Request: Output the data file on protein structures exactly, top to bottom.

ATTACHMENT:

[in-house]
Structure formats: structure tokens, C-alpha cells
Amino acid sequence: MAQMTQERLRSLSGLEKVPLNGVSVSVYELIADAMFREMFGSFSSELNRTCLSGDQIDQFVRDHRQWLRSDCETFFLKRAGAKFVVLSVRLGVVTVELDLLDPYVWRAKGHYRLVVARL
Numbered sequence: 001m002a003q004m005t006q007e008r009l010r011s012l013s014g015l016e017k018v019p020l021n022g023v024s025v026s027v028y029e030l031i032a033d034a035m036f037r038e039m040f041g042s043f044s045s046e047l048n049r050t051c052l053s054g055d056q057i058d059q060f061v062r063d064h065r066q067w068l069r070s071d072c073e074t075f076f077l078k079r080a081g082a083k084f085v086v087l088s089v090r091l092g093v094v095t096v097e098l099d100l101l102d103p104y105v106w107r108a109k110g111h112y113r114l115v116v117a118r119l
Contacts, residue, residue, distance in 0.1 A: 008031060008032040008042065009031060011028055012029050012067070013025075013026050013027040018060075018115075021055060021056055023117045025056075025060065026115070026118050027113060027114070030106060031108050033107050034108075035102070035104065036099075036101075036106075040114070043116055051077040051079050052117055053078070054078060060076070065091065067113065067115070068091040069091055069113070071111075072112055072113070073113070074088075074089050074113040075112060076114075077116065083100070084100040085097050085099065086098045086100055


[in-house]
Structure formats: structure tokens, C-alpha cells
Amino acid sequence: MAQMTQERLRSLSGLEKVPLNGVSVSVYELIADAMFREMFGSFSSELNRTCLSGDQIDQFVRDHRQWLRSDCETFFLKRAGAKFVVLSVRLGVVTVELDLLDPYVWRAKGHYRLVVARL
Numbered sequence: 001m002a003q004m005t006q007e008r009l010r011s012l013s014g015l016e017k018v019p020l021n022g023v024s025v026s027v028y029e030l031i032a033d034a035m036f037r038e039m040f041g042s043f044s045s046e047l048n049r050t051c052l053s054g055d056q057i058d059q060f061v062r063d064h065r066q067w068l069r070s071d072c073e074t075f076f077l078k079r080a081g082a083k084f085v086v087l088s089v090r091l092g093v094v095t096v097e098l099d100l101l102d103p104y105v106w107r108a109k110g111h112y113r114l115v116v117a118r119l
Contacts, residue, residue, distance in 0.1 A: 008031060008032040008042065009031060011028055012029050012067070013025075013026050013027040018060075018115075021055060021056055023117045025056075025060065026115070026118050027113060027114070030106060031108050033107050034108075035102070035104065036099075036101075036106075040114070043116055051077040051079050052117055053078070054078060060076070065091065067113065067115070068091040069091055069113070071111075072112055072113070073113070074088075074089050074113040075112060076114075077116065083100070084100040085097050085099065086098045086100055